Health frames

 

Social determinants of health

A social determinants of health frame helps understand the place of food in promoting individual and community health.  In a social determinants approach, primary care is only a piece of the health story. Issues of income inequality and other systemic environmental challenges, including the structure of the food system, are bigger issues to be addressed.  Consequently, larger strategies to promote optimal population health are ultimately much more significant than primary care, which focuses on individuals and families typically without much attention to the larger environment in which they are situated.

Well being

In the Engine of Well Being Framework (Jayawickreme, Forgeard, & Seligman, 2012), work, income, education, capacities and related factors are inputs into human wellbeing.  Other parts of the model address processes (internal states that influence individual choices) and outcomes (behaviours that reflect wellbeing, including relationships, engagement and contribution to human society).

Healthy communities

Hancock and Duhl (2009) are key architects of the healthy communities concept.  According to the Ontario Healthy Communities Coalition,

"Healthy Communities are based on the following principles:

  • Health is a state of complete physical, mental and social well-being.
  • Social, environmental and economic factors are important determinants of human health and are inter-related.
  • People cannot achieve their fullest potential unless they are able to take control of those things which determine their well-being.
  • All sectors of the community are inter-related; sectors need to share their knowledge, expertise and perspectives and work together to create a healthy community.

A Healthy Communities process involves:

  • Equitable community engagement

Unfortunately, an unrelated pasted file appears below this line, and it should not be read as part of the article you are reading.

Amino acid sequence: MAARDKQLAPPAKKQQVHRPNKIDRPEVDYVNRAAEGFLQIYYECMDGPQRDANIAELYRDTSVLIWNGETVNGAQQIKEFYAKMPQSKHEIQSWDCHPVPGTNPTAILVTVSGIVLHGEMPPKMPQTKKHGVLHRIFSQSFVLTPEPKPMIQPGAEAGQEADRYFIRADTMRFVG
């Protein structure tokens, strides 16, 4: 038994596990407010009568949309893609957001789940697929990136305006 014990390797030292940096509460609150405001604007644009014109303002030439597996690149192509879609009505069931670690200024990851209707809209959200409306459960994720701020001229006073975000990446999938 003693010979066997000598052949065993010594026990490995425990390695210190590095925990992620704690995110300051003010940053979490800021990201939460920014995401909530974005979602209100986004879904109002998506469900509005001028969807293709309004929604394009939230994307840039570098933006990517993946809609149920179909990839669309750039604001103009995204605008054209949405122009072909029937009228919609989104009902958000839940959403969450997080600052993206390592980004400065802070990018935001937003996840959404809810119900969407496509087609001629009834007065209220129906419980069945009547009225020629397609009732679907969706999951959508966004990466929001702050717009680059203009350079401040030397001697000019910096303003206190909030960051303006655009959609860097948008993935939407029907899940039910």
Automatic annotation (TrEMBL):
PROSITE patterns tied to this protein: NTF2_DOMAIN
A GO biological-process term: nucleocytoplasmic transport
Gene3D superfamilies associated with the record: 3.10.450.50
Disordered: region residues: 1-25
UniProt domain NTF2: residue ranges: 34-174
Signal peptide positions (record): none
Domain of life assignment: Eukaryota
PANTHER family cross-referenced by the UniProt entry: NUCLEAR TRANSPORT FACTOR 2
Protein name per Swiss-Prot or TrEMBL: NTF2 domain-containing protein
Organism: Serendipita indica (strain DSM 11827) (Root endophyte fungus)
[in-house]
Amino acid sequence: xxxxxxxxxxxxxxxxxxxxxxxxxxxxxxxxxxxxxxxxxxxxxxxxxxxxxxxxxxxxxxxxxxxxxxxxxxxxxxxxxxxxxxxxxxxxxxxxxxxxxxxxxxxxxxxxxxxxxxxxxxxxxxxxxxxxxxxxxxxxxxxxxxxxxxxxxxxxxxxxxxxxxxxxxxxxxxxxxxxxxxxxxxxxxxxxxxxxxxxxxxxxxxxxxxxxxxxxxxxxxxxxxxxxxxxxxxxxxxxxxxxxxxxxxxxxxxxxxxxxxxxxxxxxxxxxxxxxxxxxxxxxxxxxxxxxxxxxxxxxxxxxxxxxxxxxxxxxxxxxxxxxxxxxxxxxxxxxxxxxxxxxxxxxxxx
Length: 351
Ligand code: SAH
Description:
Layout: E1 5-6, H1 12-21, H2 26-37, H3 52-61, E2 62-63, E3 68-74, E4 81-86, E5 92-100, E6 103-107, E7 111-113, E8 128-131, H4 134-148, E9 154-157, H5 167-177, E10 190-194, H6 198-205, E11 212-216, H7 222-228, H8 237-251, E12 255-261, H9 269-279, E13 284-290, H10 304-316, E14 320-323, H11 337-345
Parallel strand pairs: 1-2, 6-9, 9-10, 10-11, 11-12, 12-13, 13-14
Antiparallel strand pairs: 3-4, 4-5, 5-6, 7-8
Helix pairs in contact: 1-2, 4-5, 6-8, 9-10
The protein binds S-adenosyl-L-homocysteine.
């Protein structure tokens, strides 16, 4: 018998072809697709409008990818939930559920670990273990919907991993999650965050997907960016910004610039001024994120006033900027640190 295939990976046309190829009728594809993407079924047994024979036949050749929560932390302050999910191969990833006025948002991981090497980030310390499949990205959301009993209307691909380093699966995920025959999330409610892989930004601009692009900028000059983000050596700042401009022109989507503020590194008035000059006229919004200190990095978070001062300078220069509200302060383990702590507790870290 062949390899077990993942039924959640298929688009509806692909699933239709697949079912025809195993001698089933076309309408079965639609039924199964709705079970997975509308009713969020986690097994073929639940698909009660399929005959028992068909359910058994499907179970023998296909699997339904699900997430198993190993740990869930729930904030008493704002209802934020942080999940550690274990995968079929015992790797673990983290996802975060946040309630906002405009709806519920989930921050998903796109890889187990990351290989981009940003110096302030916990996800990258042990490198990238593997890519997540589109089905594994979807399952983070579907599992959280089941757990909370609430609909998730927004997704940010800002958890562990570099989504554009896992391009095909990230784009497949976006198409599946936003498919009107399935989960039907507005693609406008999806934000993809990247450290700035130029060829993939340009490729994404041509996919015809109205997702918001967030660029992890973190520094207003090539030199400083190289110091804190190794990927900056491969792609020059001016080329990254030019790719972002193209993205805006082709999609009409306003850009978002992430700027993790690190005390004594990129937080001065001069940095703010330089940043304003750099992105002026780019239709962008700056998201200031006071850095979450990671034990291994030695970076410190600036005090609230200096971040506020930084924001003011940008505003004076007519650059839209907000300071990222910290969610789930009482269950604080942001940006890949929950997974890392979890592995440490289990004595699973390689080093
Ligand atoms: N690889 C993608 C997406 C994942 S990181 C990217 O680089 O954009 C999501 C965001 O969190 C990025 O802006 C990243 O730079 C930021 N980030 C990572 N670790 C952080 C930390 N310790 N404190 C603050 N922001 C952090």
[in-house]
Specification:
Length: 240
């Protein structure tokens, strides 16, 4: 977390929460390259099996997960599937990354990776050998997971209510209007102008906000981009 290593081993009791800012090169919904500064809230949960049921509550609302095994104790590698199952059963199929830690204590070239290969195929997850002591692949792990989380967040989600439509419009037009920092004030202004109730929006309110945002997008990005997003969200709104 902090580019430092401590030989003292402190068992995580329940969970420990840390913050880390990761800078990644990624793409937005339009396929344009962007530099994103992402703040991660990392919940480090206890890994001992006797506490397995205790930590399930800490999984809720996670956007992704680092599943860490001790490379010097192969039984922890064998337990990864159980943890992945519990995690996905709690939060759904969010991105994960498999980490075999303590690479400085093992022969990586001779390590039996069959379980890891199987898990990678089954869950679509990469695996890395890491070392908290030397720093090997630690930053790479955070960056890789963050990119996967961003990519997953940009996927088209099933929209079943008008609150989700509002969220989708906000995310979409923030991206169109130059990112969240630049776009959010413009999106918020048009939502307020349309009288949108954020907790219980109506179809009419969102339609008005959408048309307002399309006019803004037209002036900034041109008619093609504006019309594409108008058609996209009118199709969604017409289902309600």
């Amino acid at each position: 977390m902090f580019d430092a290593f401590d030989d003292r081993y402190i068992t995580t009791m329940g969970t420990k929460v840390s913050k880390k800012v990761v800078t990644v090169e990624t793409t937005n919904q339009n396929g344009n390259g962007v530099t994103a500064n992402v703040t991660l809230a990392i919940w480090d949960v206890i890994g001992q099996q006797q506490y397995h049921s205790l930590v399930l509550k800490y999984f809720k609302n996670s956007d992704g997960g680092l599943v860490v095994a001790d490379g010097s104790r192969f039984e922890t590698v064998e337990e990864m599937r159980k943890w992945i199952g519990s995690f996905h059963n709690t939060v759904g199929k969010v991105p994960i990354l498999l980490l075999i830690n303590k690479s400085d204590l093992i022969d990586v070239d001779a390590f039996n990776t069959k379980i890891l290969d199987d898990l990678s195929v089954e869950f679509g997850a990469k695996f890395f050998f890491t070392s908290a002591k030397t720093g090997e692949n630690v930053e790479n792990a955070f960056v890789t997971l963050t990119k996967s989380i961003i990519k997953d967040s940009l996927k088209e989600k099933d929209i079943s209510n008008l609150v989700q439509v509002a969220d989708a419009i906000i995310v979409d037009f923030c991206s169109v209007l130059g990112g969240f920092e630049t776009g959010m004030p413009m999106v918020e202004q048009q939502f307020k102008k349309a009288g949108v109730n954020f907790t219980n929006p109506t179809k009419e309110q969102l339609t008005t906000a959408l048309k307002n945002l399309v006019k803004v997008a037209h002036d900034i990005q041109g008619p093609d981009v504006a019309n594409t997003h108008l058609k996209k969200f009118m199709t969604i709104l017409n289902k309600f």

• Intersectoral partnerships
  • Political commitment
  • Healthy public policy
  • Asset-based community development

Qualities of a Healthy Community include:

  • Clean and safe physical environment
  • Peace, equity and social justice
  • Adequate access to food, water, shelter, income, safety, work and recreation for all
  • Adequate access to health care services
  • Opportunities for learning and skill development
  • Strong, mutually supportive relationships and networks
  • Workplaces that are supportive of individual and family well-being
  • Wide participation of residents in decision-making
  • Strong local cultural and spiritual heritage
  • Diverse and vital economy
  • Protection of the natural environment
  • Responsible use of resources to ensure long term sustainability"

Choice editing

The process, typically driven by government, of restricting mainstream consumer choices to achieve broader social goals such as pollution reduction, improved health and sustainability.

Precautionary Principle

Under CEPA preamble, ""where there are threats of serious or irreversible damage, lack of full scientific certainty shall not be used as a reason for postponing cost-effective measures to prevent environmental degradation"